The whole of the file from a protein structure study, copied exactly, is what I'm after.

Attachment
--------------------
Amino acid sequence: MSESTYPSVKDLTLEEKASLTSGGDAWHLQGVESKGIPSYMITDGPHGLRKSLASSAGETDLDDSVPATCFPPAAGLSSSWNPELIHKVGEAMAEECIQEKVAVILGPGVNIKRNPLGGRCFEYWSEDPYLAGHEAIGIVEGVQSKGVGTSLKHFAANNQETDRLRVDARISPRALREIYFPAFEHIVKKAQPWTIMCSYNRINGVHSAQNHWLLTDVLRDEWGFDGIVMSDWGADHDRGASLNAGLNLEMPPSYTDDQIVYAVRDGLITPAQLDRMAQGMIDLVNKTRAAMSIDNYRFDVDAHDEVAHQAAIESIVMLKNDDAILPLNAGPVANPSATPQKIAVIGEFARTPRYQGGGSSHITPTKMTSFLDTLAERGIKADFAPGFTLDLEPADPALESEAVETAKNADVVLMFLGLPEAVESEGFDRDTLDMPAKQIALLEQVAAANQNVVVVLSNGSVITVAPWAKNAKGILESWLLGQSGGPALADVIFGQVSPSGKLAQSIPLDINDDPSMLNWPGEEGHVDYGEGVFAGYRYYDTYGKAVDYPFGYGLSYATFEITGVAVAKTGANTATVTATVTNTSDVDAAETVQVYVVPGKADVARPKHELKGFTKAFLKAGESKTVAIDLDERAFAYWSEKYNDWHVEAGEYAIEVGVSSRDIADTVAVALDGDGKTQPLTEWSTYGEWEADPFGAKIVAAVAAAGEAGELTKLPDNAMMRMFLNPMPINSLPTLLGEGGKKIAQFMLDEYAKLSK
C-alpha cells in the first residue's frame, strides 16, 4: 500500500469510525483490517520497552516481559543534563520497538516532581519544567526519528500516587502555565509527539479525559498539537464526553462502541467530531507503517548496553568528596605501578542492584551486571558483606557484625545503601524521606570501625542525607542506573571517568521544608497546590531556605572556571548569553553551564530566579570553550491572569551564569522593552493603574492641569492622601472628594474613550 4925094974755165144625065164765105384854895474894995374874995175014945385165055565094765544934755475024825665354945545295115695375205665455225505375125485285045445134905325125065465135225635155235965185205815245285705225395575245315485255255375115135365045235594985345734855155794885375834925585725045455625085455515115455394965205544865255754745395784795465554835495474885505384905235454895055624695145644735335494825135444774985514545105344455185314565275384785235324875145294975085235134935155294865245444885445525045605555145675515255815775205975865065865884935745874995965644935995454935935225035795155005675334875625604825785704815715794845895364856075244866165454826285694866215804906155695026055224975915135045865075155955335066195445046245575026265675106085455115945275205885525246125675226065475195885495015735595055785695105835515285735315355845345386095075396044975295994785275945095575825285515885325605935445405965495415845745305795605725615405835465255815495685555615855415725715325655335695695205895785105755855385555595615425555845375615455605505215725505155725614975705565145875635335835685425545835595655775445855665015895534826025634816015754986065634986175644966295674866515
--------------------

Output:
Amino acid sequence: MSESTYPSVKDLTLEEKASLTSGGDAWHLQGVESKGIPSYMITDGPHGLRKSLASSAGETDLDDSVPATCFPPAAGLSSSWNPELIHKVGEAMAEECIQEKVAVILGPGVNIKRNPLGGRCFEYWSEDPYLAGHEAIGIVEGVQSKGVGTSLKHFAANNQETDRLRVDARISPRALREIYFPAFEHIVKKAQPWTIMCSYNRINGVHSAQNHWLLTDVLRDEWGFDGIVMSDWGADHDRGASLNAGLNLEMPPSYTDDQIVYAVRDGLITPAQLDRMAQGMIDLVNKTRAAMSIDNYRFDVDAHDEVAHQAAIESIVMLKNDDAILPLNAGPVANPSATPQKIAVIGEFARTPRYQGGGSSHITPTKMTSFLDTLAERGIKADFAPGFTLDLEPADPALESEAVETAKNADVVLMFLGLPEAVESEGFDRDTLDMPAKQIALLEQVAAANQNVVVVLSNGSVITVAPWAKNAKGILESWLLGQSGGPALADVIFGQVSPSGKLAQSIPLDINDDPSMLNWPGEEGHVDYGEGVFAGYRYYDTYGKAVDYPFGYGLSYATFEITGVAVAKTGANTATVTATVTNTSDVDAAETVQVYVVPGKADVARPKHELKGFTKAFLKAGESKTVAIDLDERAFAYWSEKYNDWHVEAGEYAIEVGVSSRDIADTVAVALDGDGKTQPLTEWSTYGEWEADPFGAKIVAAVAAAGEAGELTKLPDNAMMRMFLNPMPINSLPTLLGEGGKKIAQFMLDEYAKLSK
C-alpha cells in the first residue's frame, strides 16, 4: 500500500469510525483490517520497552516481559543534563520497538516532581519544567526519528500516587502555565509527539479525559498539537464526553462502541467530531507503517548496553568528596605501578542492584551486571558483606557484625545503601524521606570501625542525607542506573571517568521544608497546590531556605572556571548569553553551564530566579570553550491572569551564569522593552493603574492641569492622601472628594474613550 4925094974755165144625065164765105384854895474894995374874995175014945385165055565094765544934755475024825665354945545295115695375205665455225505375125485285045445134905325125065465135225635155235965185205815245285705225395575245315485255255375115135365045235594985345734855155794885375834925585725045455625085455515115455394965205544865255754745395784795465554835495474885505384905235454895055624695145644735335494825135444774985514545105344455185314565275384785235324875145294975085235134935155294865245444885445525045605555145675515255815775205975865065865884935745874995965644935995454935935225035795155005675334875625604825785704815715794845895364856075244866165454826285694866215804906155695026055224975915135045865075155955335066195445046245575026265675106085455115945275205885525246125675226065475195885495015735595055785695105835515285735315355845345386095075396044975295994785275945095575825285515885325605935445405965495415845745305795605725615405835465255815495685555615855415725715325655335695695205895785105755855385555595615425555845375615455605505215725505155725614975705565145875635335835685425545835595655775445855665015895534826025634816015754986065634986175644966295674866515